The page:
Piqued by years of Reagan administration efforts to cut soil-conservation spending, the House Appropriations Committee has retaliated by eliminating the job of George S. Dunlop, the assistant secretary of agriculture who oversees the programs.

And, for good measure, the committee cut in half the fiscal 1988 budget of the office of Vance L. Clark, head of the Farmers Home Administration (FmHA), on the theory that if he won't do his job as the panel sees it, he doesn't need the money.

This back-and-forth has become a yearly exercise between the department and the committee, which is chaired by Rep. Jamie L. Whitten (D-Miss.), who does not mind expressing his definite ideas about how the Agriculture Department should function. The department and Whitten have been at odds since 1981 over conservation and FmHA programs.

But the odds have never been quite so bluntly expressed as this time.

Under Whitten's direction, the committee restored $456.7 million in soil conservation funds that the White House wanted killed, and it refused to go along with the $3.2 billion in cuts sought on FmHA rural development, rural housing and farmers' loan programs.

To frost the cake, the committee then ordered that the account of the assistant secretary for natural resources and environment (Dunlop, that is) be eliminated and that duties of the office be transferred to Secretary Richard E. Lyng.

"After several years of continued rejection by the people and the Congress, the department continues to submit conservation budget proposals that are simply out of touch with the public interest," the committee report said. "Once again, the committee must face the task of restoring funds for the Soil Conservation Service."

Dunlop, a former staff director of the Senate Agriculture Committee and longtime associate of Sen. Jesse Helms (R-N.C.), was taking the slap in stride yesterday. "We have read the report . . . . Mr. Whitten has wanted to get our attention," he said, "and we are the kind of people who want to have our attention gotten. We believe in having good relations with Congress."

Dunlop said that the committee report caught the department off guard and that Deputy Secretary Peter Myers has been delegated to "engage" Whitten in talks to learn more about the chairman's unhappiness with the department.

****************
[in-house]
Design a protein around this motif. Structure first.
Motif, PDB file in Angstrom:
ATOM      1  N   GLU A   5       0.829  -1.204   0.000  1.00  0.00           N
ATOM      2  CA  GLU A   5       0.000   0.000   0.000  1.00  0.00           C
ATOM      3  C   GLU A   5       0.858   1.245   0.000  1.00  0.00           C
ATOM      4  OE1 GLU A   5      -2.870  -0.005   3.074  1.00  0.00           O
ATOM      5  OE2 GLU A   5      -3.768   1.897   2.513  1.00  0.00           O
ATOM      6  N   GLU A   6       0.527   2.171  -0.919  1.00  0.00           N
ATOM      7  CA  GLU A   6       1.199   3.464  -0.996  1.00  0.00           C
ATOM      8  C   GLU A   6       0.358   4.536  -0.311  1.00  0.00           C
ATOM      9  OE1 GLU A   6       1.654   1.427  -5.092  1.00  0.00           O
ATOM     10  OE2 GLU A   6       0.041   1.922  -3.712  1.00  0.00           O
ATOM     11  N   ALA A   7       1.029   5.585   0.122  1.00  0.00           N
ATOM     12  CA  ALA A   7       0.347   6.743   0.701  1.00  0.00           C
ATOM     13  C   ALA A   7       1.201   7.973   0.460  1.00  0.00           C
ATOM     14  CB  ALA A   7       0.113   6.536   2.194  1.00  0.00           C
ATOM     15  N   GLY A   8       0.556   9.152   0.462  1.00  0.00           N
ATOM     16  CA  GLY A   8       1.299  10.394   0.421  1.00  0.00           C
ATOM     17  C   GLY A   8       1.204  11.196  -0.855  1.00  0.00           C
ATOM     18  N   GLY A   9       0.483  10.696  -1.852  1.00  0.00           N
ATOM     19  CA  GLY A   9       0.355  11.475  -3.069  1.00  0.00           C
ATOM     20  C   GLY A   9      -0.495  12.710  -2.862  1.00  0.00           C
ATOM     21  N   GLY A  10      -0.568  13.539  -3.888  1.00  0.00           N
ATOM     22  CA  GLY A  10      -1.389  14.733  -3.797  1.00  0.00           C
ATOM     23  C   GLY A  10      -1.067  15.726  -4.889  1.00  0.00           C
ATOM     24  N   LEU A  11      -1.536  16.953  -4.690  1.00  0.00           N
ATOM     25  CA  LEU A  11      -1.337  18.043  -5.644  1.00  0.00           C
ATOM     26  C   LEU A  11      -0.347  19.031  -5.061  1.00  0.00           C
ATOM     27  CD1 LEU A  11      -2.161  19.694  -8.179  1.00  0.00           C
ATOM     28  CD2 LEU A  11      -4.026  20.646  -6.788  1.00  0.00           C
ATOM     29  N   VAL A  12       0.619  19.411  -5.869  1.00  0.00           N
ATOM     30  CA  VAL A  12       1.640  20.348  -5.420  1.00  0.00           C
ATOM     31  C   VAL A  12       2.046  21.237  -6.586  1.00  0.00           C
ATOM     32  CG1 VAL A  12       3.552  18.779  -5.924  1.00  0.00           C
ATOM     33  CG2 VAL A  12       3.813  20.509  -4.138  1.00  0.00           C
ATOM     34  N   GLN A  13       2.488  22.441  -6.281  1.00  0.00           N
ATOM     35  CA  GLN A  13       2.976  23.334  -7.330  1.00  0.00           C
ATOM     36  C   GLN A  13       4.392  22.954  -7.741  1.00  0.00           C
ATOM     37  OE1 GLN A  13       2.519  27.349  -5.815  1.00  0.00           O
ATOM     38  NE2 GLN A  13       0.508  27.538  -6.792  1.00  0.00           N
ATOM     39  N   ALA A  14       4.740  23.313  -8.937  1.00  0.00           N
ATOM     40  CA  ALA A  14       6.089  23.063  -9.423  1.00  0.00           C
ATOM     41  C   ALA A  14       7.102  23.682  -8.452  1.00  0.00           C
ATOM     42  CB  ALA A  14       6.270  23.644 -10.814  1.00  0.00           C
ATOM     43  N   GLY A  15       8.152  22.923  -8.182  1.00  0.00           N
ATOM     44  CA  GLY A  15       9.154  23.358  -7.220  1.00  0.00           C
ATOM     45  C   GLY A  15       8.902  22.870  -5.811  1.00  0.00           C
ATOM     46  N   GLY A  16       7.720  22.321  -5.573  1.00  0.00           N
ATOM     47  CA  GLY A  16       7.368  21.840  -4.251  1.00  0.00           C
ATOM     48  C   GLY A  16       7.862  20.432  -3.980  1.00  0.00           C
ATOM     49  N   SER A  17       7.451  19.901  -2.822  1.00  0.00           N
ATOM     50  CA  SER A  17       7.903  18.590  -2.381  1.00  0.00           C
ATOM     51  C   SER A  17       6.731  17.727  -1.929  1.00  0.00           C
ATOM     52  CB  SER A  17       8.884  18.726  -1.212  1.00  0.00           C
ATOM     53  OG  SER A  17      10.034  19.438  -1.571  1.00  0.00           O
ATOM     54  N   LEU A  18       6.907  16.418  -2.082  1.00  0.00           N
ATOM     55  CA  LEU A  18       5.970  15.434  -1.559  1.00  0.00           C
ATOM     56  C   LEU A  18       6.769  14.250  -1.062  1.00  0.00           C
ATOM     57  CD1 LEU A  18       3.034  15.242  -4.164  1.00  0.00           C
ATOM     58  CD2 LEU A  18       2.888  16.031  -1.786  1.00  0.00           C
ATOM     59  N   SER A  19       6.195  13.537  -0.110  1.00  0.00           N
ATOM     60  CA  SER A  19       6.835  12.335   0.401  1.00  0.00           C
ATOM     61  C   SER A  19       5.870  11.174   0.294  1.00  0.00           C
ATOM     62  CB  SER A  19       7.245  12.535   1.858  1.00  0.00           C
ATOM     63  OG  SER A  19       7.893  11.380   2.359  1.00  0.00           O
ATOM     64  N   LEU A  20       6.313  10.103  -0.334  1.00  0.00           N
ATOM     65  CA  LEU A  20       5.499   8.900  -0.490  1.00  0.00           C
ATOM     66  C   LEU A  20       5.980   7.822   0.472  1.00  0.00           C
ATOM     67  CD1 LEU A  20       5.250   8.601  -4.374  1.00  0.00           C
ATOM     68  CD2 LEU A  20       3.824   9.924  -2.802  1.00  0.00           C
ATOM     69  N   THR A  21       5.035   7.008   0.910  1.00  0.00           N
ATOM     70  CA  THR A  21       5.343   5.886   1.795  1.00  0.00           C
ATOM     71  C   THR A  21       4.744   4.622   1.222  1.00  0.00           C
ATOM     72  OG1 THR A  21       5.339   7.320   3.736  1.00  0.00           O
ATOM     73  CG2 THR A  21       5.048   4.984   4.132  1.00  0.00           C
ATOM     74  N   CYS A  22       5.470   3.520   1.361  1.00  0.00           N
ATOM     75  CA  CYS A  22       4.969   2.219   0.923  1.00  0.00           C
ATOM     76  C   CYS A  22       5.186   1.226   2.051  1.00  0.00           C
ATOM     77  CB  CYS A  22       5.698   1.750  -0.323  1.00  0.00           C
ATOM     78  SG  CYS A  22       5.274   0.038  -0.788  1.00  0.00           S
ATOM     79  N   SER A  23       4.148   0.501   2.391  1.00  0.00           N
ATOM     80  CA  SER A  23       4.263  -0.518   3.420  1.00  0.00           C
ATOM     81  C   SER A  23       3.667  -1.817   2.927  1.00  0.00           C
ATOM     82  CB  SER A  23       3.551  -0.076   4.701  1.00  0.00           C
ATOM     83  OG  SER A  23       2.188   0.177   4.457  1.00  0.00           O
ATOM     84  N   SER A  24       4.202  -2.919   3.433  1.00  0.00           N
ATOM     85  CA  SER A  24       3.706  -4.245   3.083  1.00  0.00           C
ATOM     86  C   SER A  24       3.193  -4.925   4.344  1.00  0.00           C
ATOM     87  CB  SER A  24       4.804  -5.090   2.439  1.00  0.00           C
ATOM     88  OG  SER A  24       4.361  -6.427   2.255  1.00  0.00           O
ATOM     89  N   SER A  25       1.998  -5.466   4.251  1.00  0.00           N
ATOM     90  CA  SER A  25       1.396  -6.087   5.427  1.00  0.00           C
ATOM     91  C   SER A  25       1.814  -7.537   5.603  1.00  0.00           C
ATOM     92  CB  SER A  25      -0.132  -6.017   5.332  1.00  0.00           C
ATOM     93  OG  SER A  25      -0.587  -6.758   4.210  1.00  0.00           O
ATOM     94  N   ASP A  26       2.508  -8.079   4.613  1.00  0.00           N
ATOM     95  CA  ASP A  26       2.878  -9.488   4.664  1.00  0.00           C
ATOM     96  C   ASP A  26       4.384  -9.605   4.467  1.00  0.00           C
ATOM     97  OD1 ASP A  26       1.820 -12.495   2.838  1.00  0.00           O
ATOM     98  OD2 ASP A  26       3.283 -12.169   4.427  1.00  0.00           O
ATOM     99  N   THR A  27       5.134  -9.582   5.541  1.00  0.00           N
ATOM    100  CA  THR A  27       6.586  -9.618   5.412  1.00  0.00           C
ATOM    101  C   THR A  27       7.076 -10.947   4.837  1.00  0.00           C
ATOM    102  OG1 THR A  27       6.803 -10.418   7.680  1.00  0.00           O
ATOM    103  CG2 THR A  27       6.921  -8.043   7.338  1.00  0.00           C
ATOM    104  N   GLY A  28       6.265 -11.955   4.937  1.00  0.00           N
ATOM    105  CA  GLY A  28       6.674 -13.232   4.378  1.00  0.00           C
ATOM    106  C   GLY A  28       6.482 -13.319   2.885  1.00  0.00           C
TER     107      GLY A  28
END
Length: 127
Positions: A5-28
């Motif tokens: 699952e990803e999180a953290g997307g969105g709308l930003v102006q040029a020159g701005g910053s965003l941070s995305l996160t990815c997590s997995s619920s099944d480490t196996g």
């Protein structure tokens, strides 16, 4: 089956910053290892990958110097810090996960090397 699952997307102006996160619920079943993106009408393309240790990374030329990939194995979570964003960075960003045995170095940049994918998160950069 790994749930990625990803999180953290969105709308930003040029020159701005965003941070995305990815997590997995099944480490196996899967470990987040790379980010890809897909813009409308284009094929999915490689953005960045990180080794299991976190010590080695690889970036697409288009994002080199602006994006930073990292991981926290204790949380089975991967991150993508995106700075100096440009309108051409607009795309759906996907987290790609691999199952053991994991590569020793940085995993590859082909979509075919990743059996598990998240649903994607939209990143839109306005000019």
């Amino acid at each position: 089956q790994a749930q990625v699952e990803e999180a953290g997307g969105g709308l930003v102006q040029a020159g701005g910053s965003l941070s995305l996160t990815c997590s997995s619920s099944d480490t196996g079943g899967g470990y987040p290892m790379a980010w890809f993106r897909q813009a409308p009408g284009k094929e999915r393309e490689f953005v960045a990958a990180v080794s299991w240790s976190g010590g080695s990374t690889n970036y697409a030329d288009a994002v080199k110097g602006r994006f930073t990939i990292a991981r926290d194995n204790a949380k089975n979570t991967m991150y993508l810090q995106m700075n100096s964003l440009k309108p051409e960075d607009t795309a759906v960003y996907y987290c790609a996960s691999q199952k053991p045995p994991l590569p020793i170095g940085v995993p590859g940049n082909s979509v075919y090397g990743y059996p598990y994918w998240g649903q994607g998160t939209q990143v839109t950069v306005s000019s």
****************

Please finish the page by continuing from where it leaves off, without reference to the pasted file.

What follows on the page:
As for FmHA, the committee said that Clark had shown a "repeated failure" to help farmers and rural residents and that he had ignored congressional intent by setting up policies designed to foreclose on troubled farmers.

The committee also said that Clark's office was overstaffed and ordered the administrator's budget halved to $394,000.

While ordering Clark to spend more money on rural housing, the committee took another swipe at FmHA by ordering the agency's administrative budget in New York state reduced $250,000 below the White House request.

That seeming contradiction was engineered by Rep. Matthew F. McHugh (D-N.Y.), who was angry that the New York arm of FmHA was obligating rural housing loan funds at a rate about 20 percent lower than the national average. McHugh attributed the lag to "foot dragging and poor management . . . . it's time to let the FmHA know that it can't continue to thwart the intent of Congress."

In the end, the committee's harsh treatment of the Agriculture Department could turn out to be more symbolic than real, although the message is unmistakable: Chairman Whitten and his Appropriations colleagues have had it up to here with departmental intransigence.

The Senate Appropriations Committee version of the 1988 spending bill ignored the department's budget proposal and put money back into the FmHA and soil conservation programs. But it also left the budgets of Dunlop and Clark intact, with no criticism.

Assuming that the bills pass the House and Senate without change, the differences in the two measures would become the subject for negotiation in a House-Senate conference. The House could prevail, or not.